The blind pinot challenge!


The levelling, or should that be the humbling, of blind tasting. Actually, no shame here, I simply (erroneously) assumed that all the wines were Burgundian!

Yesterday evening’s guilty parties!

I was just told they were 2021s, maybe with a 2020 and from village to GC level. My instant blind reactions:
1 bland nose, austere palate
2 nose only a bit better but with super middle and finishing flavour
3 similar to previous but with more intensity to the fine finish
4 paler, slightly bland perhaps as its oak is a bit more visible
5 aha – here’s the GC – the first with a quality and clarity to the nose and more depth of flavour with a superior finish
6 darker still – pungent but pyrazine green nose. In the mouth powerful, clearly the 2020 but too green for me – no!

You could say that I was surprised when the bottles were revealed as there were some wines not living up to their reputations. But mainly I was surprised because all – apart from the last – could have been 2021 burgundies!

Agree? Disagree? Anything you'd like to add?

There are 2 responses to “The blind pinot challenge!”

  1. Siddharth Dasgupta15th June 2023 at 3:28 pmPermalinkReply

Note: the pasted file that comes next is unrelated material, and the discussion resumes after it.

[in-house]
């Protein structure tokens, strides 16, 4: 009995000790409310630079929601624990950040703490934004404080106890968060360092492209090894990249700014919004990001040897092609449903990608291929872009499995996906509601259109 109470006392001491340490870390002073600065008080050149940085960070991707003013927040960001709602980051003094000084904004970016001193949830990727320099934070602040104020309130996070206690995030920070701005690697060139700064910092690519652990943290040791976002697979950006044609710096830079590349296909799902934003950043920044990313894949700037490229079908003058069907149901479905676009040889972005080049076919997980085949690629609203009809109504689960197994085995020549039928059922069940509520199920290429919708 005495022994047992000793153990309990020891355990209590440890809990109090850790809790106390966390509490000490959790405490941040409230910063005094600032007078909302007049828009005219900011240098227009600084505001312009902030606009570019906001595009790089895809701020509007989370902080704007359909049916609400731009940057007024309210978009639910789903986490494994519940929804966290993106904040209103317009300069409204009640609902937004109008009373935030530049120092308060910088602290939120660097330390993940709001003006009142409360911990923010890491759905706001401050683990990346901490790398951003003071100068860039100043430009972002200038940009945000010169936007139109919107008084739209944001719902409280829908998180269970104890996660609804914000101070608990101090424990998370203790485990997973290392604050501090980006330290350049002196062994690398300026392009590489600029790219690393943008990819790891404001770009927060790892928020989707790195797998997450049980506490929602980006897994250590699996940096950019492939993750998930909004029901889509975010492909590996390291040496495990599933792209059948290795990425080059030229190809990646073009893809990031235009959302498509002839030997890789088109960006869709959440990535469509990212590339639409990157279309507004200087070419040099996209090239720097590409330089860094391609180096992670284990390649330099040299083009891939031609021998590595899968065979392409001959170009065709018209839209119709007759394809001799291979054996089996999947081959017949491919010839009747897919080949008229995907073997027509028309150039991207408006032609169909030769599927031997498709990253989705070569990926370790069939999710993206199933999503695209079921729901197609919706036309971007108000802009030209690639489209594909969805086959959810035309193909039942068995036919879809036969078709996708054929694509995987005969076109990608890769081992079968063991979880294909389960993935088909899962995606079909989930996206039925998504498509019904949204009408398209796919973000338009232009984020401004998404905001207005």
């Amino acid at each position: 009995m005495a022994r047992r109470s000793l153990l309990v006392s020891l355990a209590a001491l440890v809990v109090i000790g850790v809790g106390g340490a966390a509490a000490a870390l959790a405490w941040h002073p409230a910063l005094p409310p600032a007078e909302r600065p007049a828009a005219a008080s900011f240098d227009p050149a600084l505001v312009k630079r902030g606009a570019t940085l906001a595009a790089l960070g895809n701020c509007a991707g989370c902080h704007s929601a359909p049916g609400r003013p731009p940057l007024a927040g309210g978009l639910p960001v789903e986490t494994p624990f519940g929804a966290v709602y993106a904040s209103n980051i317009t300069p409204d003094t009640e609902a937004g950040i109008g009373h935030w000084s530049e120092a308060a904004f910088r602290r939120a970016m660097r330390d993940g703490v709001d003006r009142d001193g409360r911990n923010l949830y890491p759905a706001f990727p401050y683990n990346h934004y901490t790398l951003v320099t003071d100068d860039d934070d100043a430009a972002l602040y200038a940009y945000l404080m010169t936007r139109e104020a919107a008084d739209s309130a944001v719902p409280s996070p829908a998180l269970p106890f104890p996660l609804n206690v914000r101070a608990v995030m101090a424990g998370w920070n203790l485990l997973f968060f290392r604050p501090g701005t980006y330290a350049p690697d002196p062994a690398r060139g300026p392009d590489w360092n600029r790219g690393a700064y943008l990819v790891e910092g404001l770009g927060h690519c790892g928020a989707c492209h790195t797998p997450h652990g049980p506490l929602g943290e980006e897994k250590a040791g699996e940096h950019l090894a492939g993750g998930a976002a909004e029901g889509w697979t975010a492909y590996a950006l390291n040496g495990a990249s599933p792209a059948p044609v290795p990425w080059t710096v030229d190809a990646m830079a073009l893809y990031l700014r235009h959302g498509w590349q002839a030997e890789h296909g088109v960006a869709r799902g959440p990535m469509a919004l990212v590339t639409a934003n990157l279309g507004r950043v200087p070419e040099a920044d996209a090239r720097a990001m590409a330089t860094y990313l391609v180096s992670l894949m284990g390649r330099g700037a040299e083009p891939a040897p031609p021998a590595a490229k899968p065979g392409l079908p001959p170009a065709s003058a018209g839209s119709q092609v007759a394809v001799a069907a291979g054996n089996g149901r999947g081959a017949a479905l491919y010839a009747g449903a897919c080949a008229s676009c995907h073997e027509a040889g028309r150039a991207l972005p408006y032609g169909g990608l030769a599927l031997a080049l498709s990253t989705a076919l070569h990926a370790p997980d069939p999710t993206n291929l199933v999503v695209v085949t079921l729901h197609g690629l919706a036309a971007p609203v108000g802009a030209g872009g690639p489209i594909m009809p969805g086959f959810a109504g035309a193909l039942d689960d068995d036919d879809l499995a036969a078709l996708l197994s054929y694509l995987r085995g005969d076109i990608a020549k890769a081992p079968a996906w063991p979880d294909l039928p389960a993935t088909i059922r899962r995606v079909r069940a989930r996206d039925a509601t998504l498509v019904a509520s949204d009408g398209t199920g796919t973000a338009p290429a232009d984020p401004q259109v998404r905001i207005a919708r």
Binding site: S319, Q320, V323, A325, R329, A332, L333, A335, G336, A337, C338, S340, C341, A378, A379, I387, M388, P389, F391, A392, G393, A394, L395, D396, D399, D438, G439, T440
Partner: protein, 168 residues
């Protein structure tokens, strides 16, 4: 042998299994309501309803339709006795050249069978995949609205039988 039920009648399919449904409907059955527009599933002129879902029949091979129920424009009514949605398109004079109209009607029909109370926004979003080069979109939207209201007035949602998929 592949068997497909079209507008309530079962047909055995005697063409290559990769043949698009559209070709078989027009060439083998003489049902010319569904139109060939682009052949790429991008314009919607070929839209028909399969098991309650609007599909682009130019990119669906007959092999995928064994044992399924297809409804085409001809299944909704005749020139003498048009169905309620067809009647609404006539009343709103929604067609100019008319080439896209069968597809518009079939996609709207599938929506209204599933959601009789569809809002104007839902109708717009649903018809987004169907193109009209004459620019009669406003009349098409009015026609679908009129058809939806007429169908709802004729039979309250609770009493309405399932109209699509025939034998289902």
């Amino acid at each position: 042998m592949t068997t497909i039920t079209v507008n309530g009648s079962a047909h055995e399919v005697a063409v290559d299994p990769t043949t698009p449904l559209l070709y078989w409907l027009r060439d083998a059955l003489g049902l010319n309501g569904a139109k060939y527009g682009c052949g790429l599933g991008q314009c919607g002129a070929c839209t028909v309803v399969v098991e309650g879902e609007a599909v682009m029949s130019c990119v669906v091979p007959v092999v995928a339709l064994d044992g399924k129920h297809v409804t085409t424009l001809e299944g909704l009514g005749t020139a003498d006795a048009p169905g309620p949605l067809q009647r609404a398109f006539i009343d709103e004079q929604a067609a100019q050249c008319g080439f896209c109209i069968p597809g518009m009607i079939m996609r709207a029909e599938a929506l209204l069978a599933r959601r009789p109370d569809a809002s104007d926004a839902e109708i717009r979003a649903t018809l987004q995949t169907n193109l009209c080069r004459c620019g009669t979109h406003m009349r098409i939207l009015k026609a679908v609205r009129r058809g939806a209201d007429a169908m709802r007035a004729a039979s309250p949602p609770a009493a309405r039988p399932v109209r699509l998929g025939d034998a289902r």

One of my Caltech colleagues did an experimental study – put the same wine in two tasting glasses. The blind tasters were told that one had a much lower price than the other. Most untrained wine tasters chose the higher priced glass as a better wine. And even some expert tasters did so.
    Wine is such a complex drink (unlike say sake – which has complexity – but not at the same crazy level) that for most drinkers, price is often a proxy for quality. And along with price the region – especially fabled wine making regions like Burgundy, Bordeaux, Piedmont, Napa, etc.

    Here is the link to that study:

  2. Stefan Bogdanski13th July 2023 at 10:16 amPermalinkReply

    Always great fun to taste blind. I love those places that offer you an unknown glass of wine and if you get it right you get a free bottle.

    Went to one recently where they even used black glasses. We could tell the wine was red and the fruit were very cooked, dried fig like, with some supporting acidity, though not much tanin, grip or followthrough. Not a wine we would drink voluntarily!

    We thought something cheap from the Roussillon perhaps, but not finding anything of this sort on the wine list we opted for a Vaucluse IGP as the nearest ringer.

    Well….at least we got the colour, country and vintage right! Turned out the wine was a Chateau de la Chaize, Morgon 2020!! I was quite shocked by how awful the wine tasted, when one had no preconceptions of what was served.

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